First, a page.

El oficio, que puede verse aquí, contó con un aforo de casi 3.000 personas por exclusiva invitación, entre ellos los miembros de la familia, los cinco presidentes de EE.UU. que viven, senadores, representantes, magistrados del Tribunal Supremo, funcionarios del gobierno de Trump y dignatarios extranjeros, entre ellos la canciller alemana Angela Merkel y el príncipe Carlos de Gran Bretaña.

El féretro del presidente George H. W. Bush se levanta en el crucero de la Catedral Nacional de Washington durante su oficio fúnebre del 5 de diciembre. Foto del Distrito Militar de Washington del Ejército de EE.UU.

Fue el cuarto funeral presidencial celebrado en la catedral. Los tres anteriores funerales de Estado en la catedral fueron los del presidente Dwight Eisenhower en 1969, el del presidente Ronald Reagan en 2004 y el del presidente Gerald Ford en 2007. Bush hizo panegíricos en los funerales de Reagan y de Ford en la catedral. El presiente Woodrow Wilson está enterrado en la Catedral, pero su oficio de entierro en 1924 no fue un funeral de Estado.

El último funeral en la Catedral Nacional de Washington que se acercó a esa categoría fue el oficio por el senador John McCain el 1 de septiembre. Pero un funeral de Estado es un honor reservado a los presidentes, parte de la serie de tributos coordinados por el Distrito Militar de Washington del Ejército de EE.UU.

El ataúd de Bush llegó a la catedral en un coche fúnebre un momento antes de las 11:00 A.M., acompañado por la familia Bush. El obispo primado Michael Curry, la obispa de Washington Mariann Budde, el deán de la catedral Randy Hollerith y Levenson, de la iglesia episcopal de San Martín [St. Martin] en Houston, esperaban en las gradas de la catedral con la Rda. Rosemarie Logan Duncan, canóniga de la catedral para el culto.

Los portadores militares lenta y precisamente subieron las gradas con el ataúd hasta donde se encontraban Curry y Budde que recitaron las oraciones tradicionales de la “recepción del cuerpo”. “Con fe en Jesucristo, recibimos el cuerpo de nuestro hermano George para su entierro”, dijo Curry a la puerta.

La familia Bush fue escoltada al interior de la iglesia hasta la primera fila, el hijo del Presidente, el ex presidente George W. Bush, saludó al presidente Donald Trump y a los ex presidentes Barack Obama, Bill Clinton y Jimmy Carter, y a sus esposas, quienes se sentaron juntos en la primera fila del otro lado del pasillo de la familia Bush.

Luego, el bordón de la catedral comenzó a doblar 41 veces para marcar el número de Bush padre entre los presidentes de EE.UU., mientras los acólitos y el clero, entre ellos algunos de otras denominaciones, conducían lentamente a los portadores  que llevaban el ataúd por el largo pasillo central de la catedral. Hollerith y Levenson recitaron las antífonas del Rito de Entierro del Libro de Oración Común. El orden del rito se encuentra aquí.

Miembros de las fuerzas armadas de EE.UU. se alejan del crucero luego de haber llevado el ataúd del presidente George H. W. Bush al interior de la catedral. Foto de Danielle E. Thomas/Catedral Nacional de Washington.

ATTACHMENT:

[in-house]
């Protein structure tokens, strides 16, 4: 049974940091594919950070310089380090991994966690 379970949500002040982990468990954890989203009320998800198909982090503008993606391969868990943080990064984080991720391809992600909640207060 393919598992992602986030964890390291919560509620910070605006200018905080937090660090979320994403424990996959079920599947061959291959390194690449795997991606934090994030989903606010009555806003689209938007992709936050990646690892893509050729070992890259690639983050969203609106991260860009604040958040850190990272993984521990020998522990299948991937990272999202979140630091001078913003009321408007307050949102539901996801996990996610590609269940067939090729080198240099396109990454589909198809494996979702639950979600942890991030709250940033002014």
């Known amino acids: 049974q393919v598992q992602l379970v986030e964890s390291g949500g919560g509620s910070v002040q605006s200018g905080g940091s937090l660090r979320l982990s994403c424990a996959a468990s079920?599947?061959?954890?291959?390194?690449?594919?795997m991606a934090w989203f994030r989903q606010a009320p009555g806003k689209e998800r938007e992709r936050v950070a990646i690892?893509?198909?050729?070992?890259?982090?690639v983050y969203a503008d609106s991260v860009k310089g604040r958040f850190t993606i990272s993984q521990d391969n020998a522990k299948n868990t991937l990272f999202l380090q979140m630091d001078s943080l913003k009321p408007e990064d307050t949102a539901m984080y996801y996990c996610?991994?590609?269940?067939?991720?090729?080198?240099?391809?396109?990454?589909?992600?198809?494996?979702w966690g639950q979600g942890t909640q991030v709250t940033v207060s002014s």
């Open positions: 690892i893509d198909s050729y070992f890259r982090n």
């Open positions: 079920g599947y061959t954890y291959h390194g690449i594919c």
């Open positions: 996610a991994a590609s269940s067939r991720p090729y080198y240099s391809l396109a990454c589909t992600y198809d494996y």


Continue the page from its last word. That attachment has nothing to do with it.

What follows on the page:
Durante el oficio, cuatro panegiristas, George W. Bush, el ex primer ministro canadiense Brian Mulroney (cuyo período de gobierno coincidió con el Bush), el ex senador de EE.UU. Alan Simpson, de Wyoming, y el biógrafo de Bush Jon Meacham, recordaron al  viejo Bush.

Meacham comenzó los tributos, diciéndole a la congregación que Bush fue “un hombre imperfecto” que “nos dejó una unión más perfecta”. Bush, dijo Meacham, sabía que la política no podía ser completamente pura si uno quería ganar, y uno tenía que ganar si quería dirigir.

Meacham afirmó que Bush creía que hubo una razón por la cual se había librado de la muerte en el curso de una incursión de bombardeo aéreo en el Pacífico durante la segunda guerra mundial, en la cual sus compañeros tripulantes murieron, y él pasó los próximos 74 años al servicio de esa creencia.

“Su corazón era firme. Su código de vida, como él decía, consistía en ‘Decir la verdad. No culpar a los demás. Hacer lo mejor que se pueda. Esforzarse. Perdonar. Mantener el rumbo’”, recordó Meacham. “Ese fue y es el más norteamericano de los credos”.

Meacham dijo que la frase de Bush de “Mil puntos de luz” de la que a veces se habían mofado y el llamado de Lincoln a los “mejores ángeles de nuestra naturaleza”son “versos compañeros en el himno nacional de Estados Unidos”.

Ambos presidentes, afirmó Meacham, llamaron a los estadounidenses a “a elegir lo justo sobre lo conveniente, la esperanza en lugar del temor y atender no a nuestros peores impulsos sino a nuestros mejores instintos”.

Mulroney, de pie en el podio muy cerca de Trump, encomió los empeños de Bush para preservar y fortalecer la Organización del Tratado del Atlántico Norte luego de la desintegración de la Unión Soviética y del Telón de Hierro. Él también elogió la labor de Bush para lograr el acuerdo del NAFTA original, que dijo que había sido “modernizado y mejorado por gobiernos recientes”. Trump ha sido crítico tanto de la NATO como del NAFTA y recientemente anunció que se retiraría de este último, en un esfuerzo, al parecer, de obligar al Congreso a aprobar una nueva versión del pacto comercial con Canadá y México.

“De aquí a 50 o a 100 años, cuando los historiadores revisen los logros y el contexto de todos los que han servido como presidentes, creo que se dirá que en la vida de este país, los Estados Unidos —que es, a mi juicio, la mayor república democrática que Dios jamás haya puesto sobre la faz de la tierra— creo que se dirá que ningún ocupante de la Oficina Oval fue más valiente, más centrado en principios y más honorable que George Herbert Walker Bush”, afirmó Mulroney.

Durante el panegírico campechano y humorístico de Simpson, él recordó un momento cuando dijo que había caído de la lista A de Washington a lo que él llamó la lista Z debido a sus opciones políticas. Bush lo invitó a él y a su esposa a pasar con ellos [los Bush] un fin de semana. Los cuatro tuvieron una despedida muy ostensible en la Casa Blanca. Simpson recordó que Bush le dijo que su equipo le había dicho que no cursara la invitación, pero que él no había atendido el consejo, citando que la amistad está por encima de la política.